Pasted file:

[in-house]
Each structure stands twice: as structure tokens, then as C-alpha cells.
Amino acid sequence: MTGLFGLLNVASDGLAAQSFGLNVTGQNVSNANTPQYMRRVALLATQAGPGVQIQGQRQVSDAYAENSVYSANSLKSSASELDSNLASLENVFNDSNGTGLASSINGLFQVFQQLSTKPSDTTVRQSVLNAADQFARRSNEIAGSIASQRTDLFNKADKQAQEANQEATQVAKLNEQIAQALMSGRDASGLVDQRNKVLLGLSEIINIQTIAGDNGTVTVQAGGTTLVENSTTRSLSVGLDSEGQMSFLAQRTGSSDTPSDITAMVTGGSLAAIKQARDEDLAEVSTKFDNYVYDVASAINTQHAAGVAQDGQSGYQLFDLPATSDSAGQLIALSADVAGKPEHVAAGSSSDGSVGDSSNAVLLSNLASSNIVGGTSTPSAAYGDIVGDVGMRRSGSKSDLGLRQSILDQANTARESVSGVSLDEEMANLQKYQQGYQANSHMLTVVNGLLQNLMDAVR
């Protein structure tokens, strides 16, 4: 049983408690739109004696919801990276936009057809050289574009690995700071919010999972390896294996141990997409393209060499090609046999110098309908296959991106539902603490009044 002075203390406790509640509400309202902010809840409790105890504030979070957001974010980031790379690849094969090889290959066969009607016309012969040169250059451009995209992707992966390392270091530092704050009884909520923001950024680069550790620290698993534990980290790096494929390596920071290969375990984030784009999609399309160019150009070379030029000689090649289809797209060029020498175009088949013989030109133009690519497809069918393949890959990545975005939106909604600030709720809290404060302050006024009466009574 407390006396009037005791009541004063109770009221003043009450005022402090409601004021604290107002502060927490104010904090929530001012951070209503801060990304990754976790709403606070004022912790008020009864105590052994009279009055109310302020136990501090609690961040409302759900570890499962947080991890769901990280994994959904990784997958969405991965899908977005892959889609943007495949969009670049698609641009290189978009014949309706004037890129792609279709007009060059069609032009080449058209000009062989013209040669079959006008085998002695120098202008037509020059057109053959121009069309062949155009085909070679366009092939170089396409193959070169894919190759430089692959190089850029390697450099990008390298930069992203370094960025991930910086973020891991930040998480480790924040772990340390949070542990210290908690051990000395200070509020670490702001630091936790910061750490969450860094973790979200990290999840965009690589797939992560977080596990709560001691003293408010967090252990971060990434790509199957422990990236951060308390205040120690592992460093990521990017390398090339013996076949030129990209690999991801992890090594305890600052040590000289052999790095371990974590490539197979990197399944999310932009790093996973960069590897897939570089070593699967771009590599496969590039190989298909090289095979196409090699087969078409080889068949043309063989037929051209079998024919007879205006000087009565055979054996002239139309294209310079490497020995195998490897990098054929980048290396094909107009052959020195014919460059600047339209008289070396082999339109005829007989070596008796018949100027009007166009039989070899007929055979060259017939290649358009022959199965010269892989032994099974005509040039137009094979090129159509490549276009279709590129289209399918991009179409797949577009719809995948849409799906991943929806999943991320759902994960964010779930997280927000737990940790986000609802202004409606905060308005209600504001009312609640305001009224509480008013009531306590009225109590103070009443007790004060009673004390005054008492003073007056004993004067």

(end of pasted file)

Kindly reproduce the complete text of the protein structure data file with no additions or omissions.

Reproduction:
[in-house]
Each structure stands twice: as structure tokens, then as C-alpha cells.
Amino acid sequence: MTGLFGLLNVASDGLAAQSFGLNVTGQNVSNANTPQYMRRVALLATQAGPGVQIQGQRQVSDAYAENSVYSANSLKSSASELDSNLASLENVFNDSNGTGLASSINGLFQVFQQLSTKPSDTTVRQSVLNAADQFARRSNEIAGSIASQRTDLFNKADKQAQEANQEATQVAKLNEQIAQALMSGRDASGLVDQRNKVLLGLSEIINIQTIAGDNGTVTVQAGGTTLVENSTTRSLSVGLDSEGQMSFLAQRTGSSDTPSDITAMVTGGSLAAIKQARDEDLAEVSTKFDNYVYDVASAINTQHAAGVAQDGQSGYQLFDLPATSDSAGQLIALSADVAGKPEHVAAGSSSDGSVGDSSNAVLLSNLASSNIVGGTSTPSAAYGDIVGDVGMRRSGSKSDLGLRQSILDQANTARESVSGVSLDEEMANLQKYQQGYQANSHMLTVVNGLLQNLMDAVR
């Protein structure tokens, strides 16, 4: 049983408690739109004696919801990276936009057809050289574009690995700071919010999972390896294996141990997409393209060499090609046999110098309908296959991106539902603490009044 002075203390406790509640509400309202902010809840409790105890504030979070957001974010980031790379690849094969090889290959066969009607016309012969040169250059451009995209992707992966390392270091530092704050009884909520923001950024680069550790620290698993534990980290790096494929390596920071290969375990984030784009999609399309160019150009070379030029000689090649289809797209060029020498175009088949013989030109133009690519497809069918393949890959990545975005939106909604600030709720809290404060302050006024009466009574 407390006396009037005791009541004063109770009221003043009450005022402090409601004021604290107002502060927490104010904090929530001012951070209503801060990304990754976790709403606070004022912790008020009864105590052994009279009055109310302020136990501090609690961040409302759900570890499962947080991890769901990280994994959904990784997958969405991965899908977005892959889609943007495949969009670049698609641009290189978009014949309706004037890129792609279709007009060059069609032009080449058209000009062989013209040669079959006008085998002695120098202008037509020059057109053959121009069309062949155009085909070679366009092939170089396409193959070169894919190759430089692959190089850029390697450099990008390298930069992203370094960025991930910086973020891991930040998480480790924040772990340390949070542990210290908690051990000395200070509020670490702001630091936790910061750490969450860094973790979200990290999840965009690589797939992560977080596990709560001691003293408010967090252990971060990434790509199957422990990236951060308390205040120690592992460093990521990017390398090339013996076949030129990209690999991801992890090594305890600052040590000289052999790095371990974590490539197979990197399944999310932009790093996973960069590897897939570089070593699967771009590599496969590039190989298909090289095979196409090699087969078409080889068949043309063989037929051209079998024919007879205006000087009565055979054996002239139309294209310079490497020995195998490897990098054929980048290396094909107009052959020195014919460059600047339209008289070396082999339109005829007989070596008796018949100027009007166009039989070899007929055979060259017939290649358009022959199965010269892989032994099974005509040039137009094979090129159509490549276009279709590129289209399918991009179409797949577009719809995948849409799906991943929806999943991320759902994960964010779930997280927000737990940790986000609802202004409606905060308005209600504001009312609640305001009224509480008013009531306590009225109590103070009443007790004060009673004390005054008492003073007056004993004067």